If your teachers are good, they will make it fun. Well, as fun as any class is going to ever be, at least! Honestly, though, if you are enthused to become a Massage Therapist, everything you will learn in Massage School will enthrall and fascinate you. This isn't like learning about imaginary numbers in high school, or about the atomic weight of carbon! These are facts and info you'll regularly use, if you succeed and make it as a Massage Therapist.

Massage Teacher Demonstrating On Student in Class
Massage Teacher Demonstrating On Student in Class. NZCM Wellington Diploma Class 2006-07 by Mo Gest.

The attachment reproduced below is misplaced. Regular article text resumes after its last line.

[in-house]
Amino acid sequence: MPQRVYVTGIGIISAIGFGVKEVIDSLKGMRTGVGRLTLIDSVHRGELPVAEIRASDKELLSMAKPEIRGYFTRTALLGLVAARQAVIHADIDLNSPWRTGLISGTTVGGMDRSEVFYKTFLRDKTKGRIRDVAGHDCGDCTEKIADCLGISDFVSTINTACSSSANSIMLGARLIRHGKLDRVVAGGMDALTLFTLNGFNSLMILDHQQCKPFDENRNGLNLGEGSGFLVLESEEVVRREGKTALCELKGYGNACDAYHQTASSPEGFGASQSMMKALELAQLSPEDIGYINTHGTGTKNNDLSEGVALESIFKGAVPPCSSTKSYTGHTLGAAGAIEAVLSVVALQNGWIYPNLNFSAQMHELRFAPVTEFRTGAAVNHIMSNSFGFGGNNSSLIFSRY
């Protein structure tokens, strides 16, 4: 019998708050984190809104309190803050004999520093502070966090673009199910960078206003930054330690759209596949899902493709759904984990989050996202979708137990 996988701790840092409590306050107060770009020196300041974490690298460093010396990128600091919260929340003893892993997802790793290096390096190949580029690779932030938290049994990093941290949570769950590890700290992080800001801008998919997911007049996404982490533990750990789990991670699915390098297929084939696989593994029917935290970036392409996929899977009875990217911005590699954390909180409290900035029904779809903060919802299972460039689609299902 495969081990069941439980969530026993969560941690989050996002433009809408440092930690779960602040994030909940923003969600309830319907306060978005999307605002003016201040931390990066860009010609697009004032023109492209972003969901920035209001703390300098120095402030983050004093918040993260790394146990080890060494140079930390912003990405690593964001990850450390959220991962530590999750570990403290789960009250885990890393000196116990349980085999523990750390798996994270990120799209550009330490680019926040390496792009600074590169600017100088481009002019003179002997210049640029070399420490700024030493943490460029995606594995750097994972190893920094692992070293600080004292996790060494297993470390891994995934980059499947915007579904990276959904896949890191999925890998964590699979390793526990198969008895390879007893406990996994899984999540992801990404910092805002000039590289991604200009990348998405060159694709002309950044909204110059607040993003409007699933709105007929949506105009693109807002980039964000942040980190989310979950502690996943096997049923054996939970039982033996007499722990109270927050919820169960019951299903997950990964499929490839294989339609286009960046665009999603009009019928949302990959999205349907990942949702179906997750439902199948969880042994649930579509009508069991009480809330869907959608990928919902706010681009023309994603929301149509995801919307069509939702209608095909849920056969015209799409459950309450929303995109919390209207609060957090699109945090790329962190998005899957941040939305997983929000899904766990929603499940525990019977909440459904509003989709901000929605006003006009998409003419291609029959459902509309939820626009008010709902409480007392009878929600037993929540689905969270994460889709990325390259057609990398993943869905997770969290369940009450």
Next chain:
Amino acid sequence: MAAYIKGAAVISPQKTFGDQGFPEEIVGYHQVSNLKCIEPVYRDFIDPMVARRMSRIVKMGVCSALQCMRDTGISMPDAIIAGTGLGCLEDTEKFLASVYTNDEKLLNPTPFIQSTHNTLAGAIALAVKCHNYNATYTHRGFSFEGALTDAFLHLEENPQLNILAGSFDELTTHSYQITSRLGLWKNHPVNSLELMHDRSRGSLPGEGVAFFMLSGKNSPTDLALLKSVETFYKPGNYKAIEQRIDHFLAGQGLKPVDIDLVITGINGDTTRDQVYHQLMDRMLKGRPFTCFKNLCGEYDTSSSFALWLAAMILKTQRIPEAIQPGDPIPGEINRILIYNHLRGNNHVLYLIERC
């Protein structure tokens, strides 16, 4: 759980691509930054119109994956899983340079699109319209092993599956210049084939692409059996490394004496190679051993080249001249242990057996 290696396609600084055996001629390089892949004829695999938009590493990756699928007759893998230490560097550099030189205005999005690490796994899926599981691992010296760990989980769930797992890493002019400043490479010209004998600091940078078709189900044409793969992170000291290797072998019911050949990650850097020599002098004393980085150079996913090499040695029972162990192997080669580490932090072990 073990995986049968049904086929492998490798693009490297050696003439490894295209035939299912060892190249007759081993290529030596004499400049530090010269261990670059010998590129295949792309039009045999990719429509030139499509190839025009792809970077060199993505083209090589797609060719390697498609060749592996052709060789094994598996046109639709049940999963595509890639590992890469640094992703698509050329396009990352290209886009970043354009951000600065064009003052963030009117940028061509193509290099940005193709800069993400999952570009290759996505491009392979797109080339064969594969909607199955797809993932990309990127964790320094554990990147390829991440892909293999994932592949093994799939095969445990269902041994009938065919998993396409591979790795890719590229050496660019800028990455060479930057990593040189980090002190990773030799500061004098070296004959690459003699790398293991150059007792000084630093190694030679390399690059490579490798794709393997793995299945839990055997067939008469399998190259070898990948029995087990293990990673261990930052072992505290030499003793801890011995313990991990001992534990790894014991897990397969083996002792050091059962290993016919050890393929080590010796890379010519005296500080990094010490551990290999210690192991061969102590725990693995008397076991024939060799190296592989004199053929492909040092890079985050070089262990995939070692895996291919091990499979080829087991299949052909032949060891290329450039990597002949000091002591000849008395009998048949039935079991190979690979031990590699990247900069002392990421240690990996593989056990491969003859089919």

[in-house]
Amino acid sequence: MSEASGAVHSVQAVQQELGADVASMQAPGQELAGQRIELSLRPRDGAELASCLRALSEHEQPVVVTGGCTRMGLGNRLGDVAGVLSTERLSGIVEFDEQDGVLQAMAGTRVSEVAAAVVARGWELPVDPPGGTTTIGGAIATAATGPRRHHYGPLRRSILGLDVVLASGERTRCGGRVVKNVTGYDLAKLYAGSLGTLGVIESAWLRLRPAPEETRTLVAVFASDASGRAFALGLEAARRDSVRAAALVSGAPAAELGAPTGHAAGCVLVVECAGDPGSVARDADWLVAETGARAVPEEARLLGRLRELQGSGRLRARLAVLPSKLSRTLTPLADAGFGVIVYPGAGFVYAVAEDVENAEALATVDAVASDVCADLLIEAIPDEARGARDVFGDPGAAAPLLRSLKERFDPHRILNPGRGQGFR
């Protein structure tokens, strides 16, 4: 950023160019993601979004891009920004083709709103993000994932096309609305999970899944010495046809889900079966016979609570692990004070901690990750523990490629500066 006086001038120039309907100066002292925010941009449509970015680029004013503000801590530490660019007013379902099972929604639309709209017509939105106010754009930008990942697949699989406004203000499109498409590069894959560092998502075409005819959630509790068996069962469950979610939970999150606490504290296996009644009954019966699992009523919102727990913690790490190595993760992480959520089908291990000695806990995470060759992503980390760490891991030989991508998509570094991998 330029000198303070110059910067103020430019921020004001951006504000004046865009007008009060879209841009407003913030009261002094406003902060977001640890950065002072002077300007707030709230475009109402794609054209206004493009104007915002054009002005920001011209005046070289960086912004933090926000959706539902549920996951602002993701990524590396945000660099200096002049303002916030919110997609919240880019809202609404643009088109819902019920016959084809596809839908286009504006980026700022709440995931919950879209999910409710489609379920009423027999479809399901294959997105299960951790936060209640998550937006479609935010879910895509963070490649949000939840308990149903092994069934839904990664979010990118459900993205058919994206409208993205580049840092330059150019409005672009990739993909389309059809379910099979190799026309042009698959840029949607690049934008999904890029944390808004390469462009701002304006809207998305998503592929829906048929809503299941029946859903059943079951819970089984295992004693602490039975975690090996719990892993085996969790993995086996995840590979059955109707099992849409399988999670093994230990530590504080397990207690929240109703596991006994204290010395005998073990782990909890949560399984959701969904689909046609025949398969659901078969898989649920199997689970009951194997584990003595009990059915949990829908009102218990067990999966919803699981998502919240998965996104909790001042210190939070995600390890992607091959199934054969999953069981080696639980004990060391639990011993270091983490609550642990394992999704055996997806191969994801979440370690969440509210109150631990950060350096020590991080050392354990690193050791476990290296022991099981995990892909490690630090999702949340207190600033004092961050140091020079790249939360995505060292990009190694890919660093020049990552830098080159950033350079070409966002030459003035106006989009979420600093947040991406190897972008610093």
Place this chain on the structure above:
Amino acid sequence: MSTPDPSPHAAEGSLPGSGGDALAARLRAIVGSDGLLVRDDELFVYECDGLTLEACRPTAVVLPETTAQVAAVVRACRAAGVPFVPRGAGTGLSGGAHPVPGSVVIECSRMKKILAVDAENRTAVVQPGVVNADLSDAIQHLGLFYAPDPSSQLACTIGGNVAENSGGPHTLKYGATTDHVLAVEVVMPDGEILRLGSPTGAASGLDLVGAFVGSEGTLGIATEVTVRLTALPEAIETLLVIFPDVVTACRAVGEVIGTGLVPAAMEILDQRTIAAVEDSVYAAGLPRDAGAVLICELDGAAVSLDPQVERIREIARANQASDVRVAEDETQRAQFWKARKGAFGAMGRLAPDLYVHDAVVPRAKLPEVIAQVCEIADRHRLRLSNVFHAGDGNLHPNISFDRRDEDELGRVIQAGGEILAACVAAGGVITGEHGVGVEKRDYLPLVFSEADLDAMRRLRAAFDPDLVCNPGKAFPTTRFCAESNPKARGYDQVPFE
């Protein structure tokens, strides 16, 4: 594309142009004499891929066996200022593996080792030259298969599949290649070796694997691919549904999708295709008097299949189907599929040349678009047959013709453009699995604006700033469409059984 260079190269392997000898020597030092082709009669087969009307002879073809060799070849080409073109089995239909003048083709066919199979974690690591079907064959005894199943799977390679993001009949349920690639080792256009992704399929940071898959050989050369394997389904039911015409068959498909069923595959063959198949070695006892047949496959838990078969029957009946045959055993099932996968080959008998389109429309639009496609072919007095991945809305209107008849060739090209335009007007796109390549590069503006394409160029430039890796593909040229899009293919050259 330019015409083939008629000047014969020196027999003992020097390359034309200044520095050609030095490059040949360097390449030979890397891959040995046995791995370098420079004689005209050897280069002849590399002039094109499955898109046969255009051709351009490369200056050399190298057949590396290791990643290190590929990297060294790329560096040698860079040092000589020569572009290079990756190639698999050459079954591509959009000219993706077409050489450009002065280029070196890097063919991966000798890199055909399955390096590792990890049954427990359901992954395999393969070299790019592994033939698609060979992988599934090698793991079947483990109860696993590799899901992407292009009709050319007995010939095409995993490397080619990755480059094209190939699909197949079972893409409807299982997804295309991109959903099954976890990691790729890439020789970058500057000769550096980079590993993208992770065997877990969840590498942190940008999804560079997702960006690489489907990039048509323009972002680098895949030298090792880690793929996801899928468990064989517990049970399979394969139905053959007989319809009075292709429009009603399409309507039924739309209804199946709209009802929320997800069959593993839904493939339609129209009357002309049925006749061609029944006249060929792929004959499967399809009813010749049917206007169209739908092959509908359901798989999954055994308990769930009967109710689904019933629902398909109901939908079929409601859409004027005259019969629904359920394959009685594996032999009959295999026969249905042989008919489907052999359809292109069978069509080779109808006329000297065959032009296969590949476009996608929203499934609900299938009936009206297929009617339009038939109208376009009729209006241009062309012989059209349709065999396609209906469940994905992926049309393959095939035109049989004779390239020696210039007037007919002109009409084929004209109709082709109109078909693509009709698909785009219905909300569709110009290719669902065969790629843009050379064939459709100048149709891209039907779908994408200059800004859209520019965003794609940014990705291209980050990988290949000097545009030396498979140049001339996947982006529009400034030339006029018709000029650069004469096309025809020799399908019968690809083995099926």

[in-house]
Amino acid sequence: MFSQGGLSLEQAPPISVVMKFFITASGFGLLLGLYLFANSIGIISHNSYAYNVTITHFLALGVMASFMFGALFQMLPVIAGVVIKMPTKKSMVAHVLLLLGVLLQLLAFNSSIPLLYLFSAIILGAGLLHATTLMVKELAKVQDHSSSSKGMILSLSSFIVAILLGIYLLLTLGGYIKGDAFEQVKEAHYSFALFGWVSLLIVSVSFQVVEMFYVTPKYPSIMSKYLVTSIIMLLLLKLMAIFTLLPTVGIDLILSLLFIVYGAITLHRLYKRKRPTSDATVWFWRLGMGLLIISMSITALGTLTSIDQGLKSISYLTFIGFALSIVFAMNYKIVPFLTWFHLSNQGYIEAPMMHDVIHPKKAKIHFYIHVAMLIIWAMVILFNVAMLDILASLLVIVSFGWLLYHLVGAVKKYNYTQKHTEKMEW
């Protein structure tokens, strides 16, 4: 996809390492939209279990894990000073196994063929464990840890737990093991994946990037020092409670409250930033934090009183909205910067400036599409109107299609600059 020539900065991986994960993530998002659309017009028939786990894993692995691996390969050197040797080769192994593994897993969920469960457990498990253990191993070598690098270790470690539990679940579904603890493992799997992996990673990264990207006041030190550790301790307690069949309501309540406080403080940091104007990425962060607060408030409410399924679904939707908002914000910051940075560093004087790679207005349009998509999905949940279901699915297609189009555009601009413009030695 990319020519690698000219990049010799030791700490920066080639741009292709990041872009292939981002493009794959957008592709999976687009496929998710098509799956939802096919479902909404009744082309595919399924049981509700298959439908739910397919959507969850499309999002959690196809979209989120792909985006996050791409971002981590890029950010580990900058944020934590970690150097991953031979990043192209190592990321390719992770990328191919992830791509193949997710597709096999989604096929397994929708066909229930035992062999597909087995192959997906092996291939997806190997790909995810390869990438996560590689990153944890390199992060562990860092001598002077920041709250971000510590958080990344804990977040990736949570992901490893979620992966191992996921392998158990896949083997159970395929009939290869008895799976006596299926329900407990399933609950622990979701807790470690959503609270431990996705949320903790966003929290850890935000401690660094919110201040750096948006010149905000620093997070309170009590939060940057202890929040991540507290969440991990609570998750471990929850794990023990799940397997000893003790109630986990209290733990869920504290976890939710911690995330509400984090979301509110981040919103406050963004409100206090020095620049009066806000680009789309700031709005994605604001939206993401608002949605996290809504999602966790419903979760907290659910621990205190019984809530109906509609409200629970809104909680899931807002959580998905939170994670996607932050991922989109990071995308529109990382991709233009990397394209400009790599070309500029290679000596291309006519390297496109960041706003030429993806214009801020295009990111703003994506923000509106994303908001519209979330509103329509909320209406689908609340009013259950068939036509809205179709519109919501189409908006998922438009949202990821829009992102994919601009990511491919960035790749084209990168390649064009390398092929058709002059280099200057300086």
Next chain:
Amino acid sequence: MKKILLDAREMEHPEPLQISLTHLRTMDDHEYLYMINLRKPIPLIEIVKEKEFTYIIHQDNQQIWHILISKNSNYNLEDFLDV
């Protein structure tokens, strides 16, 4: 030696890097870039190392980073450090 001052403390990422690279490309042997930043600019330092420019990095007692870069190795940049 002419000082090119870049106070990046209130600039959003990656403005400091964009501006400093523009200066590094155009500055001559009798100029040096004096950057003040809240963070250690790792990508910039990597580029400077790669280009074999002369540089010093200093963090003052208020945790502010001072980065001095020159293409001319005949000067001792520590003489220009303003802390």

Massage School: The Classes You Will need To Take

Now, depending upon your state and the specific program you are enrolled in, you may have Ethics, Hygiene, Business, Marketing, Computer and Internet classes. If you're lucky, you'll get a good number of these "bonus classes". They all help in the beginning., and get you on the path to a good future. I've met therapists from schools weak on business, and it shows.

At the core of every Massage School program is anatomy and kinesiology, pathology, and the body's systems. Anatomy is learning the names of the bones, how they move, and in some states, also the nerves. Pathology deals with illnesses, so that as a massage therapist, you will be prepared to encounter real people in your career and be able to know what you're dealing with, in terms of any health issue that they may have,.